Shoemaker and Solitaer 40 presented solo once again in the CPEDI 3* Grade IV Individual competition, scoring a 73.049% and putting in what she felt were “personal bests” for her team this weekend regardless of scores: “I think this was really the best work we’ve gotten in the arena – we’ve been together for five years now, and every show has been a step in the right direction: we get it at home, then we get it in the warm-up, then we get it around the arena, and then we get it in [the arena], so I felt like we had some really amazing moments in the arena this week. So, that’s what I’m really excited about, and regardless of the scores, they were personal bests.”

“I just want to keep adding more cadence, self-carriage and balance into the work, so we can show the expressiveness that he has,” Shoemaker said of the 2007 Hanoverian gelding (Sandro hit x Dynastie x De niro). “There’s so much in there, and he’s just waiting for me to tap into it.”

The Adequan®/USEF Para Dressage National Championship will be streamed live on USEF Network throughout the weekend. Click here to watch.

To learn more, visit www.Tryon.com.

Katherine Bateson and Alcazar Kick Off Tryon Fall Dressage 2 CDI 3* with a Win

Katherine Bateson Chandler and Alcazar ©Susan J. Stickle Photography.

Mill Spring, NC – September 14, 2019 – Tryon Fall Dressage 2 CDI 3*/CPEDI 3* presented by Adequan® and the Adequan®/USEF Para Dressage National Championship at Tryon International Equestrian Center (TIEC) kicked off Friday when Katherine Bateson Chandler (USA) piloted Alcazar down centerline to win the FEI Grand Prix CDI 3* after capturing a total score of 69.196%. Michael Pineo (USA) and his own 2010 Dutch Warmblood gelding (Jazz x Belalussi x Samba Hit), Farrington, were awarded second place in the class with a score of 63.63%. Third-place honors were then awarded to Julio Cesar Mendoza Loor (ECU) and Aileen Daly’s Rosali, a 2005 Danish Warmblood mare (Blue Horse Romanov x Mosegardens Ratina x Ragazzo), with a score of 63.587%.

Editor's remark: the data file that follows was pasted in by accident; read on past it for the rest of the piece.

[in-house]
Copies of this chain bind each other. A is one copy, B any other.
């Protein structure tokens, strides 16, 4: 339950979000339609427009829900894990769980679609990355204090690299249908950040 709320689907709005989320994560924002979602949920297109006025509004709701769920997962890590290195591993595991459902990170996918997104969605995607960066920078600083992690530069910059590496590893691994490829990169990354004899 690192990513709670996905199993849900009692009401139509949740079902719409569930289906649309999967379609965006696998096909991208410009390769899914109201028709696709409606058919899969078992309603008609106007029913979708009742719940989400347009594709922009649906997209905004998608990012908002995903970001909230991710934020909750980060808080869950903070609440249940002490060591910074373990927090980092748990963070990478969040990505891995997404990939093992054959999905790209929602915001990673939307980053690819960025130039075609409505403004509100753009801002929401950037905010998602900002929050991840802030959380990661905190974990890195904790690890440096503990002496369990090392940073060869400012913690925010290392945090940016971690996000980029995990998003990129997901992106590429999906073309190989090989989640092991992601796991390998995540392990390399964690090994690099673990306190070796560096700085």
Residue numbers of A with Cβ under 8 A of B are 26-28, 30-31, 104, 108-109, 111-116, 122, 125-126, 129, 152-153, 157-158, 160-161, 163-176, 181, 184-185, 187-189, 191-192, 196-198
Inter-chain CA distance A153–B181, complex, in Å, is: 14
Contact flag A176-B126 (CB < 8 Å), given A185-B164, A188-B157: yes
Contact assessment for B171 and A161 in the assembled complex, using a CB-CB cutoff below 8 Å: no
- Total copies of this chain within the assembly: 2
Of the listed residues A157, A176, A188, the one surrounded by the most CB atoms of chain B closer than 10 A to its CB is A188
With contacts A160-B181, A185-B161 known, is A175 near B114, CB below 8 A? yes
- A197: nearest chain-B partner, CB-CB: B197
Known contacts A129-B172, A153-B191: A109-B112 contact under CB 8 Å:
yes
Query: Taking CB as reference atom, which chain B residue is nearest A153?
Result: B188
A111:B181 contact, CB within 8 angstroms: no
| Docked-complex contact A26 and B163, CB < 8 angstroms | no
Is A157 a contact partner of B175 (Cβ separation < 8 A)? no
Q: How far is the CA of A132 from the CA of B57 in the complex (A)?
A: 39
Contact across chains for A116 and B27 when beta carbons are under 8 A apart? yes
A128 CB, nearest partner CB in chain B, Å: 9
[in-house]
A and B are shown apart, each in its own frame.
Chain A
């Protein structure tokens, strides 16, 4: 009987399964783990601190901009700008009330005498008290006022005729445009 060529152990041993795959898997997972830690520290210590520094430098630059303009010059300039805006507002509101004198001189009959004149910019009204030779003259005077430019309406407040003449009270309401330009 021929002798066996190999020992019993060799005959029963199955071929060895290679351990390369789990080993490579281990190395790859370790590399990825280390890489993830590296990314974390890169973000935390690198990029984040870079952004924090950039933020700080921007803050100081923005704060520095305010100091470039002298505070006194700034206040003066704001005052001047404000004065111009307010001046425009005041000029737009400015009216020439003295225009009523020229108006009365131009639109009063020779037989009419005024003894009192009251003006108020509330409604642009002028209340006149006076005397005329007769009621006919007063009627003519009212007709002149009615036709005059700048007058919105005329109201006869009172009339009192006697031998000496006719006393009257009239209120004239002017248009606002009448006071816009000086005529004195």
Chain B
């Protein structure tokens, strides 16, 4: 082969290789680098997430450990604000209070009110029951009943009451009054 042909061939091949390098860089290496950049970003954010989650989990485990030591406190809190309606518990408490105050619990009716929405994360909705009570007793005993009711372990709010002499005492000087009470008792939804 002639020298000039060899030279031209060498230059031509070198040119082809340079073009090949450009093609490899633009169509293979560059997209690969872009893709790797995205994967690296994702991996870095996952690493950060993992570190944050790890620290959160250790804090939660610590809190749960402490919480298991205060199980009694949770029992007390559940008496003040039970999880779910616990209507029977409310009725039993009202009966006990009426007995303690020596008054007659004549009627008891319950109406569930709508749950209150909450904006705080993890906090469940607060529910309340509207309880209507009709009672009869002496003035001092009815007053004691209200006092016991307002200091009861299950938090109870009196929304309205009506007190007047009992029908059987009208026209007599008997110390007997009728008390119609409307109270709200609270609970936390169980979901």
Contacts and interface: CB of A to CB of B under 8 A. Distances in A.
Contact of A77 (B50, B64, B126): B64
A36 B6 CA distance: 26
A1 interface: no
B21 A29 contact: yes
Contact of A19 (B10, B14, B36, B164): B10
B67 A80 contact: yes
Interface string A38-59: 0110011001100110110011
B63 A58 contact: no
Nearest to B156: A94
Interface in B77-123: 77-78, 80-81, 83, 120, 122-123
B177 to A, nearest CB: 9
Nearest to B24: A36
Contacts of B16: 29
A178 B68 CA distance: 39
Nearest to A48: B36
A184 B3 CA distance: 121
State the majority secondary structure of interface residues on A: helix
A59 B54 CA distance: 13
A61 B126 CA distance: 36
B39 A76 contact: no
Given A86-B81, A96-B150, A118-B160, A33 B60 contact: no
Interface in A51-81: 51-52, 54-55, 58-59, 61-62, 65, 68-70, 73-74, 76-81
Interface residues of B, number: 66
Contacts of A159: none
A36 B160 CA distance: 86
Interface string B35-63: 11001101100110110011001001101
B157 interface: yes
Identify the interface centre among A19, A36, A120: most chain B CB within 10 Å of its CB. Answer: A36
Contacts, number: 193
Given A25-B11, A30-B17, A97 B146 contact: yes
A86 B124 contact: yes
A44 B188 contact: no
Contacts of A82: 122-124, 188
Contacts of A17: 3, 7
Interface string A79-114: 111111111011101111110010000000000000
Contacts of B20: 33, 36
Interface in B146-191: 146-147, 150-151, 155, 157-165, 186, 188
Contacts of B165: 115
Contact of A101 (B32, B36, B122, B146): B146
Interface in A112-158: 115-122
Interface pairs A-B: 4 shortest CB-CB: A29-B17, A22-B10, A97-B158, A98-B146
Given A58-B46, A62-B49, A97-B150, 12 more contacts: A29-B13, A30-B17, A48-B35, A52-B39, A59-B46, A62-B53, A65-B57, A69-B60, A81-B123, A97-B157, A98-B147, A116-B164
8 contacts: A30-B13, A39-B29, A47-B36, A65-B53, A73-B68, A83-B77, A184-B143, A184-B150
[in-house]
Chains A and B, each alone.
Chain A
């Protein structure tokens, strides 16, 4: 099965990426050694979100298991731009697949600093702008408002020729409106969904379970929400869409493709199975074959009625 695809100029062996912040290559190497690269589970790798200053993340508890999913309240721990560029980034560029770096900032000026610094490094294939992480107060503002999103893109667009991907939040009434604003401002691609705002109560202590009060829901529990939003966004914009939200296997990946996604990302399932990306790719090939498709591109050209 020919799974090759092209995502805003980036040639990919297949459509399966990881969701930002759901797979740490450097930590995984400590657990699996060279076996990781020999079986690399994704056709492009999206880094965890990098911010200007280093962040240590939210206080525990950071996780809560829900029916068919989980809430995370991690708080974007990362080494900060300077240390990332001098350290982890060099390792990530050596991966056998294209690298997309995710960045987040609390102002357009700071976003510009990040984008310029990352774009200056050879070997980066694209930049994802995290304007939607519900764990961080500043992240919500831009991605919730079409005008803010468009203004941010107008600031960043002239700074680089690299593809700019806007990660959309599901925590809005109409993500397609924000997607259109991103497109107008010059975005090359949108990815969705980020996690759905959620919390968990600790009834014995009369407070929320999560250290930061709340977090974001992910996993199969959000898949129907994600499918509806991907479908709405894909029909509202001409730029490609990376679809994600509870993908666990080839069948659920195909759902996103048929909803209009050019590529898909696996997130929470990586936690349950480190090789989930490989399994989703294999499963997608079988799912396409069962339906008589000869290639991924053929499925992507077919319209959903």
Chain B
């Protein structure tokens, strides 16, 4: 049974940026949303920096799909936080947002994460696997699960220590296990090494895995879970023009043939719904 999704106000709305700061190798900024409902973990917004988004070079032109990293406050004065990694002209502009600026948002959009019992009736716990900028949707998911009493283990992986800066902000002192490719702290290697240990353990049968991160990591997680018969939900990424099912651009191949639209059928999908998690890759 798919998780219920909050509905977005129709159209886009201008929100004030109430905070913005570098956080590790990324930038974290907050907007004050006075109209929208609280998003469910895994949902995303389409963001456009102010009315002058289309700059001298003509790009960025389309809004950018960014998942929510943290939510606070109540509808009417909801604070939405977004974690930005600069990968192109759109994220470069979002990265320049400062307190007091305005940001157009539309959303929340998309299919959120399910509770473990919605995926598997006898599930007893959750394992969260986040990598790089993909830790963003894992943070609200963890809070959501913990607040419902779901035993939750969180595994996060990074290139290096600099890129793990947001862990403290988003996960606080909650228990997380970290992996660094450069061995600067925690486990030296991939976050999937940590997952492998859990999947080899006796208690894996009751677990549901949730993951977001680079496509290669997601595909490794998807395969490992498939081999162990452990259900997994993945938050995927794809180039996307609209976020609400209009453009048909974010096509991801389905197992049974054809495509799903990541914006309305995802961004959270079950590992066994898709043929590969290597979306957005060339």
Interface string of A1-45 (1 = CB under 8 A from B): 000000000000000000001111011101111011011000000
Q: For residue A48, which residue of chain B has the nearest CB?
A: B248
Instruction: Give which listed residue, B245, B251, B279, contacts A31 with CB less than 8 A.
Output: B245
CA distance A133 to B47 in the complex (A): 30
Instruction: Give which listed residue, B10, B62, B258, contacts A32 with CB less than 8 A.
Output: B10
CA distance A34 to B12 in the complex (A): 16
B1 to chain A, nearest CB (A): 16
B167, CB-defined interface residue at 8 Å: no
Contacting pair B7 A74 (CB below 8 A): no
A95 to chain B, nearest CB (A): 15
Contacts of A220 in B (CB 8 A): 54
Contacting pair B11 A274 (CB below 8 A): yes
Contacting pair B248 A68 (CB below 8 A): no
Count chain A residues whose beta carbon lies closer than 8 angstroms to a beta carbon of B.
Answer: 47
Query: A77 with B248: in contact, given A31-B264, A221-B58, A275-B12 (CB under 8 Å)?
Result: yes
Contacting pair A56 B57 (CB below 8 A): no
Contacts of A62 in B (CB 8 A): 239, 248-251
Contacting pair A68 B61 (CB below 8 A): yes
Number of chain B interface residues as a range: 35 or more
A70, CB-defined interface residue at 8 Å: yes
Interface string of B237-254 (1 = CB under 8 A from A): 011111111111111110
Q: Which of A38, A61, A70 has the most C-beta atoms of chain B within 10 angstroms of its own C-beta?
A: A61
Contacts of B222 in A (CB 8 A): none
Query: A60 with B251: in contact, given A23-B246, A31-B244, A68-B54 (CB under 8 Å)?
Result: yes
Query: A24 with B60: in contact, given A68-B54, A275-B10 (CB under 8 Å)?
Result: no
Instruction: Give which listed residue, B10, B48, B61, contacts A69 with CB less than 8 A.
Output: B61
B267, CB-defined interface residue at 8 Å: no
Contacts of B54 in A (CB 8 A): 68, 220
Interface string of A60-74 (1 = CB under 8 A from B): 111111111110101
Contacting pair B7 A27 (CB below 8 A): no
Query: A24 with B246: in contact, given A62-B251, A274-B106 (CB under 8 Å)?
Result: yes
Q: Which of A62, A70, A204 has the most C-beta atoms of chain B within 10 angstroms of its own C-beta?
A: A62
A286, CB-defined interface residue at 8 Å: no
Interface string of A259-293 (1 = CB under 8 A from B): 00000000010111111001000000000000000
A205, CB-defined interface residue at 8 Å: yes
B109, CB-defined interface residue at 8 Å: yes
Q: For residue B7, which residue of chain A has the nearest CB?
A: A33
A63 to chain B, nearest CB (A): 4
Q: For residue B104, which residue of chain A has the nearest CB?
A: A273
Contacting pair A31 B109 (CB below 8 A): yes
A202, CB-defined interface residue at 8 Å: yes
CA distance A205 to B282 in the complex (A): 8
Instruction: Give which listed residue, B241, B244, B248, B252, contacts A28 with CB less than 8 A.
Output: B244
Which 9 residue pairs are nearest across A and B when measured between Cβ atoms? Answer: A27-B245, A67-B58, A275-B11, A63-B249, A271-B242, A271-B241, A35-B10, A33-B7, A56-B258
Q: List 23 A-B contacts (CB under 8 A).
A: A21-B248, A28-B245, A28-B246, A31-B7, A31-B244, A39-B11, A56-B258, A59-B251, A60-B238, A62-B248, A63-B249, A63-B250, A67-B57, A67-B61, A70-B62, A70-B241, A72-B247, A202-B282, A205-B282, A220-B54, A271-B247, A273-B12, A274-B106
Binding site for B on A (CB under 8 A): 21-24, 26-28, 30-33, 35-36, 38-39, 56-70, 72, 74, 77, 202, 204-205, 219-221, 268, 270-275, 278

Chandler explained that she and the 2005 Dutch Warmblood gelding (Cantango x Polina x Ferro) owned by Jane Forbes Clark have been working together for seven and a half years now, during which they have had to face many challenges: “It’s been a long journey with a lot of ups and downs, but he’s a horse that we’ve always believed in and I’m excited for him to start to come into his own.

“We’ve just come off a European tour with a lot of atmosphere, and a lot of big shows. We were on the Aachen Nations Cup Team and he was really super there. He actually is one of those horses that the bigger the environment and the bigger the show the better he gets and sort of rises to the occasion,” Chandler continued, “I’m super happy with him [today]. He was so honest and made no mistakes — I couldn’t be happier with him!”

Chandler, who competed in the 2010 World Equestrian Games (WEG), but missed coming to Tryon in 2018, is aiming at Tokyo in 2020 and enjoyed a Grand Prix win on her first-ever trip to the venue, she detailed: “Our next goal is Tokyo, so that’s why we’re here. To qualify we have to do four Grands Prix, and I wanted to get one in, so I didn’t have all the pressure of getting them all during Florida, and to get one score under my belt. My goals [for this weekend] are to get in the ring and get experience, and to get my scores as high as I can before going into the Florida season. I’ve never actually been here before; I’m so impressed, and it’s a beautiful facility.” Chandler concluded, “After this show, I’ll go back to Wellington where we’re based, and then in January, the circuit starts!”